We all want to know what people think of us. If we are scared to ask, we are usually even more afraid of hearing the answer. This is also the case with organisations. Too afraid to ask their employees what they really think of their work culture, values and environment, many businesses rely on assumptions.
So, how do we get to the truth, how do we stop working on the basis of what we believe, and start dealing with what we know? How can we really ‘hear’ what people in the office think and feel about the organisation? How can we capture feedback in an objective and informative way that helps achieve the business goals? And importantly, how do we embrace and empower those who took the time to feedback to us?
Well of course, it’s the good old employee/climate survey. There’s certainly nothing new about this – it’s a method tried and tested across many organisations. However, in my view, the success of such surveys relies on what happens after the survey is fielded. How are the results analysed and turned into visible action to demonstrate to your people that you have listened to them and valued what they had to say?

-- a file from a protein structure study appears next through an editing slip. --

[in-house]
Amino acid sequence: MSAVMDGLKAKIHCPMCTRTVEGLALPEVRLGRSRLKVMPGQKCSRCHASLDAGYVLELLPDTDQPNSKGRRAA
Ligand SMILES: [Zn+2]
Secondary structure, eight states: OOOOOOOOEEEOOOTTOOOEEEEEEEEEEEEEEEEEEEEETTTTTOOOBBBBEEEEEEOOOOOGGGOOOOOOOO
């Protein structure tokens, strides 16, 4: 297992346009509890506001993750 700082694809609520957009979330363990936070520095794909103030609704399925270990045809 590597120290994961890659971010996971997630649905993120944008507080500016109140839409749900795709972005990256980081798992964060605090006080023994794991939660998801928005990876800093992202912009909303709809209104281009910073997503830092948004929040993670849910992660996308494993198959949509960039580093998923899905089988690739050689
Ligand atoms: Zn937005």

When I worked for a large global PR firm, we were keen to engage with people and hear their honest feedback, but we had some anxiety about how we would deal with their feedback. We were concerned about what they might say, and worried that we would need to have all the answers.
So what did we do? We sat back with a cup of whatever and faced the results. In my experience, the data usually tells you what you already know. You just haven’t confronted it, dealt with it or said it out loud.
Once you’ve taken the plunge and fielded the survey, and braved the results, these simple steps will help you take visible, credible action:
1. Decide what areas of your business you need to improve on to achieve your business goals and then separate the urgent from the important/nice to have.
2. Feedback the results to everyone in a transparent, engaging and meaningful way – let your employees know you have heard them and value their feedback.
3. Give leaders and managers responsibility for improving year on year and, if you want, build this into their review and/or their reward.
4. Then respond and engage with your employees again – set up guiding coalitions across your office to come up with ideas and suggestions to improve their organisation – really empower them to deliver on their ideas and solve their own challenges.
This post was written by our People Partner Fiona Riley. For more information on how we help businesses transform their people strategies, email email@example.com